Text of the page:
The other day, one of our volumes in the lab environment filled up. This volume has a couple large VM’s on it, coupled with a couple different Veeam backup jobs running using the native Veeam backup methods as well as using NetApp snap mirror to snapshot the volume and then using Veeam to ship it out to Azure.
At any rate the volume filled up to the point where vCenter wasn’t allowing me to migrate VM’s off the datastore. I really didn’t want to expand the volume just so I could move VM’s off of it.
Instead, I decided to delete some of the older proof of concept snapshots from SnapMirror. Below are the quick and easy steps to clear up some un-used snapshots and free up some space on the datastore.
I’ve been asked several times how and why I setup my home lab to use NFS on my Synology NAS and thought a post detailing the steps would be best. First the why, when I purchased my Synology DS412+ about two years I recall seeing several people stating NFS was out performing iSCSI (like this post) on the Synology. It was strictly from reading other peoples findings that I started with NFS and have continued to use NFS without any issue. In fact I’ve been very happy with my DS412+ in a RAID 10 setup.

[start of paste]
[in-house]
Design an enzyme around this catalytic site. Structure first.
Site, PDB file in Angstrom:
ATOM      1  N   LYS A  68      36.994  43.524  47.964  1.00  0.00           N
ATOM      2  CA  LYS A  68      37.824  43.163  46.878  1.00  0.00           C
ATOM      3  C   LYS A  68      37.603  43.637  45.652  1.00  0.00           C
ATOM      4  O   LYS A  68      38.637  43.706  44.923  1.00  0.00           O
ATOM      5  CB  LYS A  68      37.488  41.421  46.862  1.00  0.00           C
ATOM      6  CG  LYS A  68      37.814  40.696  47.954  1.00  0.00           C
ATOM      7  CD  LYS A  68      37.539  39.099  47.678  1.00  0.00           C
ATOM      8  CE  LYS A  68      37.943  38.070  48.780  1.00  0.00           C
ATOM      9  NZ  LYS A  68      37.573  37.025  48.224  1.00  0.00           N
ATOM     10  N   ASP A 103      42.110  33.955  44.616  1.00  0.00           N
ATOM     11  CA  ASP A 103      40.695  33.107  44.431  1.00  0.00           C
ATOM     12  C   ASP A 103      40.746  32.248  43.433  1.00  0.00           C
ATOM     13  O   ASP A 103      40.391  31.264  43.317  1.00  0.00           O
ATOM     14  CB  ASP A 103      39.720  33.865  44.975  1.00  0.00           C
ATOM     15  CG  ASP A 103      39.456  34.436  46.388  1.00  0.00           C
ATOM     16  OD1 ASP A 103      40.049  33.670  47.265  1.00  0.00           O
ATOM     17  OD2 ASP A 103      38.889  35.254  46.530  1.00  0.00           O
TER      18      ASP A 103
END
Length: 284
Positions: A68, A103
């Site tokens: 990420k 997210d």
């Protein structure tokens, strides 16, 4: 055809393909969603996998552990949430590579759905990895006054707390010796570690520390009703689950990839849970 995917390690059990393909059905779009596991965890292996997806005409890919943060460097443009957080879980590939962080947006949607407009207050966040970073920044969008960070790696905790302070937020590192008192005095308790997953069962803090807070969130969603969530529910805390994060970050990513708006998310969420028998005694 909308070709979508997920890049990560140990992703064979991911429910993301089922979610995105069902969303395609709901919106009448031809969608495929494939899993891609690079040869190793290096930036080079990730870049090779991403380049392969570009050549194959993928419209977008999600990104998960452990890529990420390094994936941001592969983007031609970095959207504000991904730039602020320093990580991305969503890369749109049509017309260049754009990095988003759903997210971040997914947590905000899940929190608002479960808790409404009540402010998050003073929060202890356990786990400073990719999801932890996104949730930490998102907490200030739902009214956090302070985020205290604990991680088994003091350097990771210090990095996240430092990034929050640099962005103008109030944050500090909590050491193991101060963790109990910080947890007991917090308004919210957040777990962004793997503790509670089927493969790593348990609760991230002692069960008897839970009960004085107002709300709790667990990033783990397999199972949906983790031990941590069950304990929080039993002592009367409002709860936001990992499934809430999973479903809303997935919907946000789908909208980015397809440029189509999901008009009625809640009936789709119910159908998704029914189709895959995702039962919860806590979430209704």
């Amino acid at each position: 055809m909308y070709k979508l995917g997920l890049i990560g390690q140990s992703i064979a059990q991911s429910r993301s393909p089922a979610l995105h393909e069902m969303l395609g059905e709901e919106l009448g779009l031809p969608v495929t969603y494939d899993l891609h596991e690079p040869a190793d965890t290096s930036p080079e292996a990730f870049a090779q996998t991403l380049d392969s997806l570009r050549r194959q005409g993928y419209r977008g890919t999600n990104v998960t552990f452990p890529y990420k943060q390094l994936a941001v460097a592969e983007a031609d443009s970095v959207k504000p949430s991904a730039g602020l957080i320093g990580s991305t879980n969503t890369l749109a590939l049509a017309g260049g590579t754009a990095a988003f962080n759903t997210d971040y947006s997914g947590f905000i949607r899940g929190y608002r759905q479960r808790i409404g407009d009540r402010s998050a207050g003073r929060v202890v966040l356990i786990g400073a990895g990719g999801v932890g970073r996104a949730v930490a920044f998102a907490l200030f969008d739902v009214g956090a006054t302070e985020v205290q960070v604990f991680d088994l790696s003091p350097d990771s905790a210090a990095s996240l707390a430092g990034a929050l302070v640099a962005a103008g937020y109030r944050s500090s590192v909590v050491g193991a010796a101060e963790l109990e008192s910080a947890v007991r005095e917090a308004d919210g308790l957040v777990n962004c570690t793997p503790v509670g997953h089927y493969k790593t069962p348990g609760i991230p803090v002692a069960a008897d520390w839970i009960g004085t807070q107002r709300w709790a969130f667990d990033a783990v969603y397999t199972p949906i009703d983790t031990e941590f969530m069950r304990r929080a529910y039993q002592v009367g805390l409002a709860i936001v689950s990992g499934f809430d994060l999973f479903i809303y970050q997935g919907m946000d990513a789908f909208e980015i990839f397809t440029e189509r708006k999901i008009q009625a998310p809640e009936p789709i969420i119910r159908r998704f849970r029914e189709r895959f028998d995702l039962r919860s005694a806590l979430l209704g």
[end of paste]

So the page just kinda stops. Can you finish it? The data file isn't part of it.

How I setup NFS on the Synology for my ESXi homelab is pretty simple as well.
In the recent DSM update (5.1), Synology added VMware VAAI support for NFS volumes using two primitives which are Full File Clone and Reserve Space. What do these VAAI primitives offer?
- Full File Clone enables virtual disks to be cloned by the NAS albeit while the machine is powered off.
- Reserve Space allows you can create a thick VMDK file. However Reserve Space does not off-load the work to the array. The benefit of thick VMDKs is that many use eager-zero for high I/O performance needs.
On the Synology side of things you just need to update to DSM 5.1, but in order to take advantage of VAAI you still need to install the VIB plugin on your ESXi 5.5 hosts.